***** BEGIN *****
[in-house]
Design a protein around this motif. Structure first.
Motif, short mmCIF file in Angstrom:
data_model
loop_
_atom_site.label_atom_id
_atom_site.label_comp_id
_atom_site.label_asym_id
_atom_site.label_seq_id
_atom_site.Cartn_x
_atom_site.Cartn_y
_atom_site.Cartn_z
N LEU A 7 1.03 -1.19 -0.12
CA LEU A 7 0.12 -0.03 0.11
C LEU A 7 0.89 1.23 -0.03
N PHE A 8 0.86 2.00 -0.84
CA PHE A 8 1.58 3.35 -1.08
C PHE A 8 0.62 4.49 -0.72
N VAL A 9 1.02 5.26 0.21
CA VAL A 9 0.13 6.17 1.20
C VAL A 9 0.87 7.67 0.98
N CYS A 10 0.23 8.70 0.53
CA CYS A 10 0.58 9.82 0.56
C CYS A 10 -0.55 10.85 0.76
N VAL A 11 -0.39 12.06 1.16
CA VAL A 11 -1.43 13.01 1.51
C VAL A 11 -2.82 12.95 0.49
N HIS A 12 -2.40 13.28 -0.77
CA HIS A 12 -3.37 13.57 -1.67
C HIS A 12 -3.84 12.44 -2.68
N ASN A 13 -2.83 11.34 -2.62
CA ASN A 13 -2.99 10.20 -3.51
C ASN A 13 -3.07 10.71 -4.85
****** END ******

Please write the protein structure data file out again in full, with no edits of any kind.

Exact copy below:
[in-house]
Design a protein around this motif. Structure first.
Motif, short mmCIF file in Angstrom:
data_model
loop_
_atom_site.label_atom_id
_atom_site.label_comp_id
_atom_site.label_asym_id
_atom_site.label_seq_id
_atom_site.Cartn_x
_atom_site.Cartn_y
_atom_site.Cartn_z
N LEU A 7 1.03 -1.19 -0.12
CA LEU A 7 0.12 -0.03 0.11
C LEU A 7 0.89 1.23 -0.03
N PHE A 8 0.86 2.00 -0.84
CA PHE A 8 1.58 3.35 -1.08
C PHE A 8 0.62 4.49 -0.72
N VAL A 9 1.02 5.26 0.21
CA VAL A 9 0.13 6.17 1.20
C VAL A 9 0.87 7.67 0.98
N CYS A 10 0.23 8.70 0.53
CA CYS A 10 0.58 9.82 0.56
C CYS A 10 -0.55 10.85 0.76
N VAL A 11 -0.39 12.06 1.16
CA VAL A 11 -1.43 13.01 1.51
C VAL A 11 -2.82 12.95 0.49
N HIS A 12 -2.40 13.28 -0.77
CA HIS A 12 -3.37 13.57 -1.67
C HIS A 12 -3.84 12.44 -2.68
N ASN A 13 -2.83 11.34 -2.62
CA ASN A 13 -2.99 10.20 -3.51
C ASN A 13 -3.07 10.71 -4.85